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Safety and Health Practitioner (SHP) is first for independent health and safety news.
July 24, 2006

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The best start, the best chance

It is a tragedy that in five years, more than 50 under-18s died and over 12,500 were badly injured at work. These were teenagers full of potential, whose lives were cut short or blighted by accidents at work. Neil Budworth, IOSH president, explains what IOSH is doing to help prepare young people for their first taste of working life.

It is a tragedy that in five years, more than 50 under-18s died and over 12,500 were badly injured at work. These were teenagers full of potential, whose lives were cut short or blighted by accidents at work. Neil Budworth, IOSH president, explains what IOSH is doing to help prepare young people for their first taste of working life.

In May, we launched Wiseup2work (www.wiseup2work.co.uk) with support from the Learning and Skills Council, British Chambers of Commerce and the National Youth Agency. Wiseup2work is a free online resource for teachers, youth workers and employers to use as part of classes, inductions and preparation for work experience.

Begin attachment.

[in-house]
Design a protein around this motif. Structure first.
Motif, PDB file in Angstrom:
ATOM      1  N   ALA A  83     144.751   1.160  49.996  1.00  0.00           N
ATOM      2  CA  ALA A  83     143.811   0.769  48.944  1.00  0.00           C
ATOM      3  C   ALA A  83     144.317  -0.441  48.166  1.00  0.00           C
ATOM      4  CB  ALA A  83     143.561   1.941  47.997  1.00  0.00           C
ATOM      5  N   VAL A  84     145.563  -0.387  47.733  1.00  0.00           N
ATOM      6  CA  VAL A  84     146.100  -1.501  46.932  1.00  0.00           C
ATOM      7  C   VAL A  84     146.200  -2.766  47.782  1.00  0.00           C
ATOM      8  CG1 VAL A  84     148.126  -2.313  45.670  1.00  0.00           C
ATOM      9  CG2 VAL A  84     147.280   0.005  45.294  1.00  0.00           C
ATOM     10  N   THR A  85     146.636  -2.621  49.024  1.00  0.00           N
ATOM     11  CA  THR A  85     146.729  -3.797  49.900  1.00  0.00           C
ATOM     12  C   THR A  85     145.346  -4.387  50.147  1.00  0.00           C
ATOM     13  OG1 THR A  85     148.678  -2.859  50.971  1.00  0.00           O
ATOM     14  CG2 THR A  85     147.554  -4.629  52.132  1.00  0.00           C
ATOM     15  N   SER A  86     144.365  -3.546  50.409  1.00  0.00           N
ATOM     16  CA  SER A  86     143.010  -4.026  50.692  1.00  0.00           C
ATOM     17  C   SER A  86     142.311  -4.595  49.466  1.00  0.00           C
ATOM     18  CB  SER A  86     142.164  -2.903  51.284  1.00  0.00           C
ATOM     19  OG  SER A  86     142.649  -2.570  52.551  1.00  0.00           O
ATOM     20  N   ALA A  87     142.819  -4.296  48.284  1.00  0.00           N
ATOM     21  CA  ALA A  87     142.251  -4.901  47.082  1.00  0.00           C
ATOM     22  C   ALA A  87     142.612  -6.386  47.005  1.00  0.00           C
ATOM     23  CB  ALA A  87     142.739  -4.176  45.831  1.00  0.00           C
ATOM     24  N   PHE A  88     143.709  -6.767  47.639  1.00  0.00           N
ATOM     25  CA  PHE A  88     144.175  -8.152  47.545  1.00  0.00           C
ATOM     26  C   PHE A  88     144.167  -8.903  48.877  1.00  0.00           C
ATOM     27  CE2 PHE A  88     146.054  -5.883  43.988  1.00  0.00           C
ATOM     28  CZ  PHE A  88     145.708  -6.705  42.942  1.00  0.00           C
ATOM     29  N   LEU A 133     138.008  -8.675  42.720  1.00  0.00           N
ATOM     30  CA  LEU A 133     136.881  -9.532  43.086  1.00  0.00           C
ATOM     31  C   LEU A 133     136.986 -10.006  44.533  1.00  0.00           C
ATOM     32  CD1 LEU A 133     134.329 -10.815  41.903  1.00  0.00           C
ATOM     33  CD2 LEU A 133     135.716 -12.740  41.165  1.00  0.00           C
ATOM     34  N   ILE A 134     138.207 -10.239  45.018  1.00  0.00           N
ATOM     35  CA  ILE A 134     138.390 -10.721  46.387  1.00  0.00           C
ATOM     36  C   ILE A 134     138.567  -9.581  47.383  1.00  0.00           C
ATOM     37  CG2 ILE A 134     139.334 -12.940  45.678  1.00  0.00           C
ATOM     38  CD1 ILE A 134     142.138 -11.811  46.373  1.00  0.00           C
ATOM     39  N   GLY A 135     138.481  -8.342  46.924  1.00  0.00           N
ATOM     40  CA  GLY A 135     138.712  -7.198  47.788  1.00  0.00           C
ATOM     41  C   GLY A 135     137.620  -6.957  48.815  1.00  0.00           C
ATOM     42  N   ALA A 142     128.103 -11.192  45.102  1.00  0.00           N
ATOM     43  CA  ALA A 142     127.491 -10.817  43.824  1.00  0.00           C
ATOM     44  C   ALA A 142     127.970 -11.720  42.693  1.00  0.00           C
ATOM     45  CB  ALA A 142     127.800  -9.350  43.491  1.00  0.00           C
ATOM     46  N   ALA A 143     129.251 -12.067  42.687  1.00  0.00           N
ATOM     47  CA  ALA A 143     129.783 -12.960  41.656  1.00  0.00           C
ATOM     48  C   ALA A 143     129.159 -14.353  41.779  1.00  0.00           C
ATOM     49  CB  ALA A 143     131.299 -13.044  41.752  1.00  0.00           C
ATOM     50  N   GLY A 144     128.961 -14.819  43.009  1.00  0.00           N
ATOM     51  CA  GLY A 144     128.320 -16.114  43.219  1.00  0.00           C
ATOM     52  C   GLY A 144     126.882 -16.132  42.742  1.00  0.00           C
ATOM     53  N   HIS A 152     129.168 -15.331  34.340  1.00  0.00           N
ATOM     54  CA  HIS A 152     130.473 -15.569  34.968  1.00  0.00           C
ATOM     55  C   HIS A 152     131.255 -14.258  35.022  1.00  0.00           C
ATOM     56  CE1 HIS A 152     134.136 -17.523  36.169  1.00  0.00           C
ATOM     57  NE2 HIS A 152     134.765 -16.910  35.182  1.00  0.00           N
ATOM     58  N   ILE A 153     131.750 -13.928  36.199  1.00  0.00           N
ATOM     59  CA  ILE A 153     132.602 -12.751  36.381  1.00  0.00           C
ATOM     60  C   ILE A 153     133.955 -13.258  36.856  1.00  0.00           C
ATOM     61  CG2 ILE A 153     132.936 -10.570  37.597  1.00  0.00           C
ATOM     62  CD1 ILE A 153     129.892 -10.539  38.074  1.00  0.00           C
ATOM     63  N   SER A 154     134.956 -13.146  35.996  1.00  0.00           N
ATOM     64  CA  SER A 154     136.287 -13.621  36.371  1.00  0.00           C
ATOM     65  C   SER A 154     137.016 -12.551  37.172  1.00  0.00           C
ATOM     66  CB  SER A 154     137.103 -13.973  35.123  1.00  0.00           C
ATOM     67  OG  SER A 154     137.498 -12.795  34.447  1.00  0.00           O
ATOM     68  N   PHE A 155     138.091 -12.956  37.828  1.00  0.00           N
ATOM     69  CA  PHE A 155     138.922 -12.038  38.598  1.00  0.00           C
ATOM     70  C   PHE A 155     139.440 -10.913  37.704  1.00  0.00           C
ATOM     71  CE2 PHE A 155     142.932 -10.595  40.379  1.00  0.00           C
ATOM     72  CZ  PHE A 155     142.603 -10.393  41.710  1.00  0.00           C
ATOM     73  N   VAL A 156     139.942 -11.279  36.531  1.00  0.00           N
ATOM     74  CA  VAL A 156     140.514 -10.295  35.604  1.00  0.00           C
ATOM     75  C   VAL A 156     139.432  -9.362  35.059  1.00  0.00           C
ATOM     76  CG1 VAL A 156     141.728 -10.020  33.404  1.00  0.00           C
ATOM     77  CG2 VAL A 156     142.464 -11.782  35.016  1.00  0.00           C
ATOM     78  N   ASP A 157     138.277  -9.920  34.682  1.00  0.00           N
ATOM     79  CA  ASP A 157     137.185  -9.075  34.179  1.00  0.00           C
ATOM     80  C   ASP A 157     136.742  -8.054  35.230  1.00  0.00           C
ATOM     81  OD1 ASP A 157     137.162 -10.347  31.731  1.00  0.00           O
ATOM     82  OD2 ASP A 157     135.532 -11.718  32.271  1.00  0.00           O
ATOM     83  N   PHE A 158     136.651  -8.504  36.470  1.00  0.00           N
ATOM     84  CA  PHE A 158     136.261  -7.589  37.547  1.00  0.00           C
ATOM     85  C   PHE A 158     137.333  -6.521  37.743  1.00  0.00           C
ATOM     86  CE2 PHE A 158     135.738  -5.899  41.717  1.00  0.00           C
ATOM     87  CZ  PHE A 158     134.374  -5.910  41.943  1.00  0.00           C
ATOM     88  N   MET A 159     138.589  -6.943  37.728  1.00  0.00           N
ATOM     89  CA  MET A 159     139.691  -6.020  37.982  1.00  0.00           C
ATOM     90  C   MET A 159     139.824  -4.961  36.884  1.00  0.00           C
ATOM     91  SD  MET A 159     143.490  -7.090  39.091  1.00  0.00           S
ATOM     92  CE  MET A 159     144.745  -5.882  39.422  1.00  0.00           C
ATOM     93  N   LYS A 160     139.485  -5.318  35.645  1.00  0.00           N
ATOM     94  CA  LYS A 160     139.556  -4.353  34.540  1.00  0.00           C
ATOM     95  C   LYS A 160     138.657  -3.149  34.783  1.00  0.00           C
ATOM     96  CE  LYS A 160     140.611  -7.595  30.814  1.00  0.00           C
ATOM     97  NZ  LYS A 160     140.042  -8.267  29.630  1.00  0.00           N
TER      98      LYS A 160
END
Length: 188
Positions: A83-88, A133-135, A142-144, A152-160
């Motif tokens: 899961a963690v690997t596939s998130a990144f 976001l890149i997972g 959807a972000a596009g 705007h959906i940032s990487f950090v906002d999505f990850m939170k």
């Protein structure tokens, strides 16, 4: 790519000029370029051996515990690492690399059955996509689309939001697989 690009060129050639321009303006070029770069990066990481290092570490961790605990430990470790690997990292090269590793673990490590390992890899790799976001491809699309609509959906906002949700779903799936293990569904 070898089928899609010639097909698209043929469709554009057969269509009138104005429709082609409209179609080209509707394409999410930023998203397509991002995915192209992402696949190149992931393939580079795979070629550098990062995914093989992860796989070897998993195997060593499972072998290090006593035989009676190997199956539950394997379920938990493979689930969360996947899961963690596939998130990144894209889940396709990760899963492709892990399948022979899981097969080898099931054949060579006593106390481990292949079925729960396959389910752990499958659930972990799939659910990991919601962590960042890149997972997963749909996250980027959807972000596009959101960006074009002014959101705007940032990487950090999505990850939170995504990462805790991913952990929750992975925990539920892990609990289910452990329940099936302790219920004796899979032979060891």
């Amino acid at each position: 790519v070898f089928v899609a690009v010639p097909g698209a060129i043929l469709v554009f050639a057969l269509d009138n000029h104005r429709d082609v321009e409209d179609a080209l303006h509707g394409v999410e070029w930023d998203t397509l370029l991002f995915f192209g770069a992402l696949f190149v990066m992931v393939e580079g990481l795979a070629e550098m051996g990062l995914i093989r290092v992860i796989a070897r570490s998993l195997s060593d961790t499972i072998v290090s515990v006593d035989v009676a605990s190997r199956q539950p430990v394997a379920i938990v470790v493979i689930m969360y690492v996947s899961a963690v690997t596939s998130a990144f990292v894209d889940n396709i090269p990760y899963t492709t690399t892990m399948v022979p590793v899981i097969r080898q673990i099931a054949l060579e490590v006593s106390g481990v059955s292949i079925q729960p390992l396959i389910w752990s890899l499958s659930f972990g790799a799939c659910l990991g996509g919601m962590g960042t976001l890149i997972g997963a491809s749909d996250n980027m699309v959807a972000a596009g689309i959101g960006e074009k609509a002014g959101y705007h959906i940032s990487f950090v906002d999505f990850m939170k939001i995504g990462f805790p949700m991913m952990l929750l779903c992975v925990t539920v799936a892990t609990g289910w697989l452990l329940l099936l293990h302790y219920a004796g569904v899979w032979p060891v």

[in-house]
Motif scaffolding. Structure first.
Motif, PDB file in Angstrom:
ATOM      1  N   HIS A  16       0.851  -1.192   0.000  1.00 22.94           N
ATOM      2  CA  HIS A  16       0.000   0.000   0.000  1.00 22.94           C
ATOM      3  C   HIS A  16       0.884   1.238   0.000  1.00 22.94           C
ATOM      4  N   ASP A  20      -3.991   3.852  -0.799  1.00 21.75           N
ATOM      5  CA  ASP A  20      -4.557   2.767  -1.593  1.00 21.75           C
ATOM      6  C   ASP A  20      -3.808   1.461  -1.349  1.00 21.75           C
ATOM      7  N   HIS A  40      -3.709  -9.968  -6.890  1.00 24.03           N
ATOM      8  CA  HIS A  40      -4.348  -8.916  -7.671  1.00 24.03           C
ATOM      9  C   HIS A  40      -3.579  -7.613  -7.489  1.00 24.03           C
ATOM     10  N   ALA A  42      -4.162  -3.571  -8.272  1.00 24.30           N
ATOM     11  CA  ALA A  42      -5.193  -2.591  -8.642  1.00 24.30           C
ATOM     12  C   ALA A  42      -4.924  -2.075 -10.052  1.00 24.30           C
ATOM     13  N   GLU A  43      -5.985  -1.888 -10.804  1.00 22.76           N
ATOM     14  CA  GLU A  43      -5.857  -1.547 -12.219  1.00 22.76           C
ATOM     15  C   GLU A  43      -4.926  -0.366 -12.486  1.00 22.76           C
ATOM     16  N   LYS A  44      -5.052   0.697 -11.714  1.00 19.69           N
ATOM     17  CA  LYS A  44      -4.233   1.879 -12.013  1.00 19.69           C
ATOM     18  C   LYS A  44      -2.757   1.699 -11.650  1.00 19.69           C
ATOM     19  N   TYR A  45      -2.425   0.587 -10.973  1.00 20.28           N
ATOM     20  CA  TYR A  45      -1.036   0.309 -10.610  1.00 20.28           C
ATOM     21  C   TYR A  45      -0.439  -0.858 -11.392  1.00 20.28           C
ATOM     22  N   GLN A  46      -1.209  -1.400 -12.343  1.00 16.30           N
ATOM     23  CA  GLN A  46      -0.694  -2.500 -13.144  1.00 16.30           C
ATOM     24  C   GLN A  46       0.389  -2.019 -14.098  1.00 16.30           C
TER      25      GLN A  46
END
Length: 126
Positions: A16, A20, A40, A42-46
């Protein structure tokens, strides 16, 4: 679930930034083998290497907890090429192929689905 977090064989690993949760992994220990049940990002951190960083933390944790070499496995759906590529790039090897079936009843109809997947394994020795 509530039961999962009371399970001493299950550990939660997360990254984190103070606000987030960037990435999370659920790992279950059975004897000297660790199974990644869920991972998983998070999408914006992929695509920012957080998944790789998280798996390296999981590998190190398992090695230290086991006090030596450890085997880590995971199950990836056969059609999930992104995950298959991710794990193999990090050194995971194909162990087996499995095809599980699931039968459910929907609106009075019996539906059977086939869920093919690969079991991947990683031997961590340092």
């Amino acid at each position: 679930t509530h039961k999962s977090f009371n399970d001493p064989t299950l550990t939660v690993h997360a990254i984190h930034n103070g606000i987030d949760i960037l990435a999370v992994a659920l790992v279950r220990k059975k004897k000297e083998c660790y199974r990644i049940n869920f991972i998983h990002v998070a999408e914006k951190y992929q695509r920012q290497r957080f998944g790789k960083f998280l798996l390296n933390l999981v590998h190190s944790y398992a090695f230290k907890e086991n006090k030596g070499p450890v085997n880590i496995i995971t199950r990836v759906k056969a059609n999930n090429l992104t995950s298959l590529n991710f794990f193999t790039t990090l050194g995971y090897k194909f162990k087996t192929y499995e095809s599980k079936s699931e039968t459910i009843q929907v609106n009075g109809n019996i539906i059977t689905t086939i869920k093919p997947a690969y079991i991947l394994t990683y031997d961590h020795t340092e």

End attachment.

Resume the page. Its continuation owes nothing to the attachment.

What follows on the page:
The SpeakUp competition, which is running to support European Week for Safety and Health at Work, asks teenagers to devise an attention-grabbing advertising campaign. We’re asking them to tell their peers how to speak up at work if they don’t feel safe.

We are also working with the HSE to develop and launch a new basic hazards awareness qualification for year 10 secondary school pupils. A pilot scheme will take place in September, ready for the launch of the course in November. The learning materials will be free and available to download from www.wiseup2work.co.uk

But there is much more that needs to be done. In a document issued at the annual House of Lords lunch in June, IOSH called for a number of actions to help stop the injuries and deaths of teenagers in the workplace. These include:

– schools to cover health and safety before

– students start work experience;

– teachers to teach health and safety;

– better vetting procedures to make sure employers include health and safety in inductions and supervise young people properly;

– minimum levels of health and safety knowledge and understanding for placement officers assessing the suitability of employers and workplaces for work experience;

– health and safety to be reinstated as a government grant condition for the Learning & Skills Council (LSC);

– no barriers for training providers to raise health and safety concerns (at present, individual targets could take precedence over conducting health and safety checks);

– training providers to help address the under-reporting of accidents of young people by ensuring employers fully understand the reporting requirements.

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